Using the Drama Triangle in Agile Coaching

Using the Drama Triangle in Agile Coaching

Years ago I did a deep dive into emotional intelligence, and I continue to explore and learn more even today. There are several ways that my expertise in emotional intelligence helps me as an agile coach. One that I appreciate these days is the ability to see victimhood and blaming and how that plays out in various relationships.

A great tool for spotting victimhood is the Karpman Drama Triangle. Developed by Stephen Karpman, it represents a common model of human interaction.

Karpman was a student of Eric Berne, the father of Transactional Analysis. You can explore Eric Berne’s work in his best selling and quite readable 1964 book, Games People Play.

Like all the ‘games’ in Berne’s book, the Karpman Drama Triangle is a pattern of human behavior that plays out around us all the time. In fact, I’d be surprised if you aren’t experiencing the drama triangle in one or more of your current relationships.

Let’s take a look at the drama triangle and then explore its uses as a coaching tool.

What is the Drama Triangle

The drama triangle is a relationship pattern consisting of three roles. The victim is represented at the bottom of the triangle because it is viewed as below the other two roles:

Victim – It all starts with a victim, someone who feels that they are being attacked or persecuted by another. They feel powerless and oppressed and see their situation as hopeless.

The victim is usually easy to spot because they blame others or the world for their situation. They feel no personal responsibility or power to change. They have a “woe is me” attitude that often attracts sympathy. They attract or seek out a rescuer.

Rescuer – Sympathy for the victim will often cause someone else to step into the rescuer role. The rescuer steps in ostensibly to help or save the victim, though in reality their reasons for rescuing are usually more about themselves and less about the victim. They need other people to feel good about themselves. They may get off on feeling superior, enabling others or they may be ignoring their own needs in order to focus on the victim. Because of this, rescuers are rarely interested in victims getting better and wind up as co-dependents or enablers.

Over time, rescuers tend to resent their position and constant helping and begin to feel like victims themselves. They pay little attention to their own needs, over function, get burned out and can become martyrs. They can then shift into persecution mode!

Persecutors – Persecutors are those that attack or oppress the victim, often with a sense of “I’m just trying to help”. They bully, criticize and punish the victim. They come across as rigid and authoritative, not vulnerable and in some cases inhuman.

Persecutors are most frequently individuals but victims can also attract organizations, governments, situations or even “the world” to persecute them.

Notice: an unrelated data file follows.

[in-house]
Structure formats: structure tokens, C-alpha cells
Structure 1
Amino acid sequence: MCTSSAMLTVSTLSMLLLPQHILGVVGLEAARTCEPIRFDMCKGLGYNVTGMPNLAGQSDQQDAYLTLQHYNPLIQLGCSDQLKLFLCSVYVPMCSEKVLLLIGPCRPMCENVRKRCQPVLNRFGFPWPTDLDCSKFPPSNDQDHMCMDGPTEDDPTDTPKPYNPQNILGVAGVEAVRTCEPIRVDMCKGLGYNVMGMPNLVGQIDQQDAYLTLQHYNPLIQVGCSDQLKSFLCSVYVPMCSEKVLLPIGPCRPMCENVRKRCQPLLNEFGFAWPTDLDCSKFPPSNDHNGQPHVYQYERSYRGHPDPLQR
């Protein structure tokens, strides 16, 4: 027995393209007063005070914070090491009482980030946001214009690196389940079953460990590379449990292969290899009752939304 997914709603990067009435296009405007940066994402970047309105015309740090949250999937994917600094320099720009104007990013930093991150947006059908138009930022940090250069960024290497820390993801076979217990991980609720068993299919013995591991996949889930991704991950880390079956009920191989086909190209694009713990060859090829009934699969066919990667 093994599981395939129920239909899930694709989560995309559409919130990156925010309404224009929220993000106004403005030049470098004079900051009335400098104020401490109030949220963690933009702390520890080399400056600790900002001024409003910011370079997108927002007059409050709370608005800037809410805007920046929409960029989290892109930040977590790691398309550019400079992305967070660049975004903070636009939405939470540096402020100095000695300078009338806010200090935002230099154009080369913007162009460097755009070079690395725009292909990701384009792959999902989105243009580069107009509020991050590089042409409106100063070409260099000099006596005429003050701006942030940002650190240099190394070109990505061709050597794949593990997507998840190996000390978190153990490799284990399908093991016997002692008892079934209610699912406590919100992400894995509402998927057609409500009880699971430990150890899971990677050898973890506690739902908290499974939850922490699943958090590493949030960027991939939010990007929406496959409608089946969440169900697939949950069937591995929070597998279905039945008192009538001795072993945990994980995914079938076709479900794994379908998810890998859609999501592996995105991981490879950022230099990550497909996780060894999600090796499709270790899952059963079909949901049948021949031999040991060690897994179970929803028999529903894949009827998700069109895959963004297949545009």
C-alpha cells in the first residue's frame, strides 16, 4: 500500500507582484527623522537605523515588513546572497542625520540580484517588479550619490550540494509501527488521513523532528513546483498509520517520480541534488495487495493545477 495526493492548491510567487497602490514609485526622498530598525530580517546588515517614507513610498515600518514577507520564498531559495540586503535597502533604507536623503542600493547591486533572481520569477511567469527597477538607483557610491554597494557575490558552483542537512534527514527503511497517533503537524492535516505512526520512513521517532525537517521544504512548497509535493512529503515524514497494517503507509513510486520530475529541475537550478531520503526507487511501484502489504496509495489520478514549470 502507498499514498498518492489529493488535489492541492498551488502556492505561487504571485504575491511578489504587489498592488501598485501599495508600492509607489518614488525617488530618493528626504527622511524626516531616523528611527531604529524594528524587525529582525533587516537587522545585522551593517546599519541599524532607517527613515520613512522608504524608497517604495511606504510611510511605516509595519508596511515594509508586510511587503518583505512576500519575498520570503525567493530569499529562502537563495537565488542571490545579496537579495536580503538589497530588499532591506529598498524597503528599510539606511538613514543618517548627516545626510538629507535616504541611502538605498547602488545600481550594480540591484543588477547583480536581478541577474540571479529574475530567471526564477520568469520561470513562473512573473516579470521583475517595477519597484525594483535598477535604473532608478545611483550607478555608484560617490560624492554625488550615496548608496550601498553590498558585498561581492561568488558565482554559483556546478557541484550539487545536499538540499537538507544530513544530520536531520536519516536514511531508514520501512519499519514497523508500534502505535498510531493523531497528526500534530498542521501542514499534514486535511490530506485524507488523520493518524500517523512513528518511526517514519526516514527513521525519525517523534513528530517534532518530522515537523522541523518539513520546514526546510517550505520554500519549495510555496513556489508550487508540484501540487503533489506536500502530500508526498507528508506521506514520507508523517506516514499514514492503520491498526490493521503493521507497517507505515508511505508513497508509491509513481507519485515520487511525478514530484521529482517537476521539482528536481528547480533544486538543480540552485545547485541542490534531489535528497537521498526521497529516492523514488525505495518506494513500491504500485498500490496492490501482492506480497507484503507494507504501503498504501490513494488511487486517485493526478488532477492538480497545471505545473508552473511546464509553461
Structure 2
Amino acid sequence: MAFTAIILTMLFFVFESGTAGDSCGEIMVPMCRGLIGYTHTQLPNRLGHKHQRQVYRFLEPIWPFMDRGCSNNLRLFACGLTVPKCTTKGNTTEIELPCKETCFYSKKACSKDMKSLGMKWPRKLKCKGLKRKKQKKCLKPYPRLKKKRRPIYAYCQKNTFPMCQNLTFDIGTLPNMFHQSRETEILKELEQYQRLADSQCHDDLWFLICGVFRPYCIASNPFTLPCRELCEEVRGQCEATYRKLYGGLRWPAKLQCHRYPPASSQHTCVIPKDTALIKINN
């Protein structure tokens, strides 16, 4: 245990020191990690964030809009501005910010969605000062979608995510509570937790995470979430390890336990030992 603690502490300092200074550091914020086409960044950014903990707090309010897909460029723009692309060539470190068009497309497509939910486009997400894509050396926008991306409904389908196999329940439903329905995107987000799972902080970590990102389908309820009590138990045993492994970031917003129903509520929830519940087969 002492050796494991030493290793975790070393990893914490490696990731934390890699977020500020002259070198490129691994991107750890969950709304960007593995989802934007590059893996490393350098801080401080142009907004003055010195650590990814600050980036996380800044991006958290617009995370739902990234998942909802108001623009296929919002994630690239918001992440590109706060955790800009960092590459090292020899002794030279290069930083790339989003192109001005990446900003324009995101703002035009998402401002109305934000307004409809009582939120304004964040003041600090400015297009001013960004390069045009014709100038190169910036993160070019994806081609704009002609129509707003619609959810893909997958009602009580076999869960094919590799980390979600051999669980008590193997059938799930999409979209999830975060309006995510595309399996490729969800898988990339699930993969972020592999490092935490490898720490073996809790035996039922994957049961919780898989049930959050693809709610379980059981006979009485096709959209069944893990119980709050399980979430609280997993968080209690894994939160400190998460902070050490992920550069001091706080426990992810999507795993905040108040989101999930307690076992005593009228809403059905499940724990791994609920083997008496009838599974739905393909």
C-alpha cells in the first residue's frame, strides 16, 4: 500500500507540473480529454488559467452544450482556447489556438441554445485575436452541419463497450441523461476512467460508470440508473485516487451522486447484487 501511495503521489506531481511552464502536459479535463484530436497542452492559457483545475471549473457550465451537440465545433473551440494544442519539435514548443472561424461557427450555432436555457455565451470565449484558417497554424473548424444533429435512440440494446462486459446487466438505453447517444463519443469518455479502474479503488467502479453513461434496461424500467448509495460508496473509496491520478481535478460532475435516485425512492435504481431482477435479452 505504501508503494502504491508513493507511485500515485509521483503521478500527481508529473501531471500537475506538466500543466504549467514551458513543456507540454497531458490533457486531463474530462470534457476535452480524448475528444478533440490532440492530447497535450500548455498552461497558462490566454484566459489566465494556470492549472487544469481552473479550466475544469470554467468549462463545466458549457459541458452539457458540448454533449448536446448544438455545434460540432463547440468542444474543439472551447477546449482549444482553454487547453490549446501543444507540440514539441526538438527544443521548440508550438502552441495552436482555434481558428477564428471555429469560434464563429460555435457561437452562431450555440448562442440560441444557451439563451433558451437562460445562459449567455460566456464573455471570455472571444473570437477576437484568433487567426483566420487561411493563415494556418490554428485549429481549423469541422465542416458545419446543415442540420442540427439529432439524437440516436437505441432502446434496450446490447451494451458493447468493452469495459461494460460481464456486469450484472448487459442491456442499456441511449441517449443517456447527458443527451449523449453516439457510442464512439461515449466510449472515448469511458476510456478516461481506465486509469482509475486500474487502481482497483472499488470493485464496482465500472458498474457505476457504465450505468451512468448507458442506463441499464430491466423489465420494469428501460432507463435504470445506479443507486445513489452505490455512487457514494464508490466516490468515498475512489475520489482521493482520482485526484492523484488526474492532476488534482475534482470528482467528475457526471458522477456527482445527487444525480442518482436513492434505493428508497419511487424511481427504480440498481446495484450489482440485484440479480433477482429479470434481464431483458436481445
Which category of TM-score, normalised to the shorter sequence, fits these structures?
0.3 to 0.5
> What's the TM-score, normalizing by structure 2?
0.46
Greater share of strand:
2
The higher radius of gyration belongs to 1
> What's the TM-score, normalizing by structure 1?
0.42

To complicate things, the roles are rarely openly expressed. There is a lot of mind-reading going on, especially between the victim and the rescuer.

To further complicate things, the roles may change over time with the victims, rescuers and persecutor changing places. Consider the rescuer who over time begins to feel like they are shouldering all the responsibilities and that the victim is not doing anything, giving back, or even appreciating them. This can cause the rescuer to move into the persecutor role and punish the victim.

The Drama Triangle is Everywhere

Once you understand it, you can spot the drama triangle at work everywhere. The most classic example is two parents and a child. The child is frequently the victim with Mom and Dad alternatively playing persecutor and rescuer.

What Fuels the Drama Triangle

The fuel of the drama triangle is the lack of personal responsibility. For the victim that means not taking responsibility for choices and outcomes, and not exercising responsibility to stop blaming and taking ownership. For the rescuer, it means they are not taking responsibility for their own self-care or for the impact they have on the victim. And for the persecutor, it means misuse of what could be positive intention.

And unfortunately, the individuals in the drama triangle are acting unconsciously to get their needs met. They don’t see the bigger picture and are unable to shift toward responsibility.

The Drama Triangle as an Agile Coaching Tool

So by now you are wondering what the drama triangle has to do with agile coaching? First, is to make sure that we stay out of the drama triangle. As coaches, we become a participant in a complex system even if we are just observing it.

In particular, coaches are usually helpers; we like to fix things. It is easy for a coach to spot a victim and a persecutor and join the party as the rescuer. Here I am to save the day!

Except we don’t or can’t actually save the day. We can try, but often our interventions tend to be surface level. Efforts to help victims will fall flat as the victims aren’t interested in taking responsibility and the persecutors aren’t interested in giving up their position of superiority. So we then the coach could easily shift to persecuting the identified persecutor who becomes a victim!

Second, coaches can leverage the drama triangle to understand system dynamics at work. We can listen for what my fellow coach calls ‘victim stories’. Victim stories in this context means when people are blaming others.

I remember a specific example of this when we facilitated a self-selection exercise for a number of teams years ago. Each team member was able to pick whatever team they wanted to work on.

One of the teams performed poorly after the self-selection exercise and met with all the team members. I remember how surprised I was to learn that this team, which supported some older legacy technology, was comprised of victims. Though they were all given a choice of 8 teams to work on, the individuals on this team felt that they “had to pick this team” because they were the best suited. “Someone had to do it” was what they said. They were victims of the situation and other team members, by their own choice! I was astounded.

Spotting the Victim Role